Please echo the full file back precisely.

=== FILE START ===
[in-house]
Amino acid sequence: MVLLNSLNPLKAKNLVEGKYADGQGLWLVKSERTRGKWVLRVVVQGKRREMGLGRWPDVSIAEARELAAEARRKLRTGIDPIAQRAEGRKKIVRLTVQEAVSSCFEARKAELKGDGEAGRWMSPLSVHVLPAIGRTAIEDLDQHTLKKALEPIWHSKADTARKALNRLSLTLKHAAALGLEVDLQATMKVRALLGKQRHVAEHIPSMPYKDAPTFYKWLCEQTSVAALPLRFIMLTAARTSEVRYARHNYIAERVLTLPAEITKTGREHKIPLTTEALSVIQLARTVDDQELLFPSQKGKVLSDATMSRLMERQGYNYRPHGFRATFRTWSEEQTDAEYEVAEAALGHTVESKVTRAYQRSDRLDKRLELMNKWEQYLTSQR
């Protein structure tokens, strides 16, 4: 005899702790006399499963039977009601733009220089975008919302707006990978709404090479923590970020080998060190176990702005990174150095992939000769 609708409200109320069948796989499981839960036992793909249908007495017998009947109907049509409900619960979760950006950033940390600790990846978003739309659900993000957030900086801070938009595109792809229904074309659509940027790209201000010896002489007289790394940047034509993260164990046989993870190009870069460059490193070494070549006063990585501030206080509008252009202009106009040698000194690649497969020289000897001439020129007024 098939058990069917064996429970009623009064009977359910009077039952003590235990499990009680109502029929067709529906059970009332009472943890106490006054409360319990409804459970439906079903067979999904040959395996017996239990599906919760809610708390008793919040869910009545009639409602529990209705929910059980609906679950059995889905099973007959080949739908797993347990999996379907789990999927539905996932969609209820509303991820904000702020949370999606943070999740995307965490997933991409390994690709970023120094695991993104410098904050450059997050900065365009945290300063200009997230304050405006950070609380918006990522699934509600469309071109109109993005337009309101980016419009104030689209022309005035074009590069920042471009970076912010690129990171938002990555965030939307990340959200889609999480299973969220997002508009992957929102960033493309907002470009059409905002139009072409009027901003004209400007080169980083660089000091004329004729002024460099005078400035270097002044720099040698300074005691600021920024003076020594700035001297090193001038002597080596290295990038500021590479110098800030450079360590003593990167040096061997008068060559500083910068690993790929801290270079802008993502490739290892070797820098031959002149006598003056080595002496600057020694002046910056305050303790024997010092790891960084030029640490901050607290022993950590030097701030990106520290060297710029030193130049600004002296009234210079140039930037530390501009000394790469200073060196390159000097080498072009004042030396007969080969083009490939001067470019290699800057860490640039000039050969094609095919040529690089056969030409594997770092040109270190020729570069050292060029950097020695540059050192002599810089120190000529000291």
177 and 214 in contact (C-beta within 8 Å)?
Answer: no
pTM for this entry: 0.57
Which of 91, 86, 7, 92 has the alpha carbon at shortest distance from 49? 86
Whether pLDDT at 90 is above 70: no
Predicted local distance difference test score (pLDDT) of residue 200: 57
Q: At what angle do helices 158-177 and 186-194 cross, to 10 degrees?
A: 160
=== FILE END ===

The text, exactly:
[in-house]
Amino acid sequence: MVLLNSLNPLKAKNLVEGKYADGQGLWLVKSERTRGKWVLRVVVQGKRREMGLGRWPDVSIAEARELAAEARRKLRTGIDPIAQRAEGRKKIVRLTVQEAVSSCFEARKAELKGDGEAGRWMSPLSVHVLPAIGRTAIEDLDQHTLKKALEPIWHSKADTARKALNRLSLTLKHAAALGLEVDLQATMKVRALLGKQRHVAEHIPSMPYKDAPTFYKWLCEQTSVAALPLRFIMLTAARTSEVRYARHNYIAERVLTLPAEITKTGREHKIPLTTEALSVIQLARTVDDQELLFPSQKGKVLSDATMSRLMERQGYNYRPHGFRATFRTWSEEQTDAEYEVAEAALGHTVESKVTRAYQRSDRLDKRLELMNKWEQYLTSQR
């Protein structure tokens, strides 16, 4: 005899702790006399499963039977009601733009220089975008919302707006990978709404090479923590970020080998060190176990702005990174150095992939000769 609708409200109320069948796989499981839960036992793909249908007495017998009947109907049509409900619960979760950006950033940390600790990846978003739309659900993000957030900086801070938009595109792809229904074309659509940027790209201000010896002489007289790394940047034509993260164990046989993870190009870069460059490193070494070549006063990585501030206080509008252009202009106009040698000194690649497969020289000897001439020129007024 098939058990069917064996429970009623009064009977359910009077039952003590235990499990009680109502029929067709529906059970009332009472943890106490006054409360319990409804459970439906079903067979999904040959395996017996239990599906919760809610708390008793919040869910009545009639409602529990209705929910059980609906679950059995889905099973007959080949739908797993347990999996379907789990999927539905996932969609209820509303991820904000702020949370999606943070999740995307965490997933991409390994690709970023120094695991993104410098904050450059997050900065365009945290300063200009997230304050405006950070609380918006990522699934509600469309071109109109993005337009309101980016419009104030689209022309005035074009590069920042471009970076912010690129990171938002990555965030939307990340959200889609999480299973969220997002508009992957929102960033493309907002470009059409905002139009072409009027901003004209400007080169980083660089000091004329004729002024460099005078400035270097002044720099040698300074005691600021920024003076020594700035001297090193001038002597080596290295990038500021590479110098800030450079360590003593990167040096061997008068060559500083910068690993790929801290270079802008993502490739290892070797820098031959002149006598003056080595002496600057020694002046910056305050303790024997010092790891960084030029640490901050607290022993950590030097701030990106520290060297710029030193130049600004002296009234210079140039930037530390501009000394790469200073060196390159000097080498072009004042030396007969080969083009490939001067470019290699800057860490640039000039050969094609095919040529690089056969030409594997770092040109270190020729570069050292060029950097020695540059050192002599810089120190000529000291």
177 and 214 in contact (C-beta within 8 Å)?
Answer: no
pTM for this entry: 0.57
Which of 91, 86, 7, 92 has the alpha carbon at shortest distance from 49? 86
Whether pLDDT at 90 is above 70: no
Predicted local distance difference test score (pLDDT) of residue 200: 57
Q: At what angle do helices 158-177 and 186-194 cross, to 10 degrees?
A: 160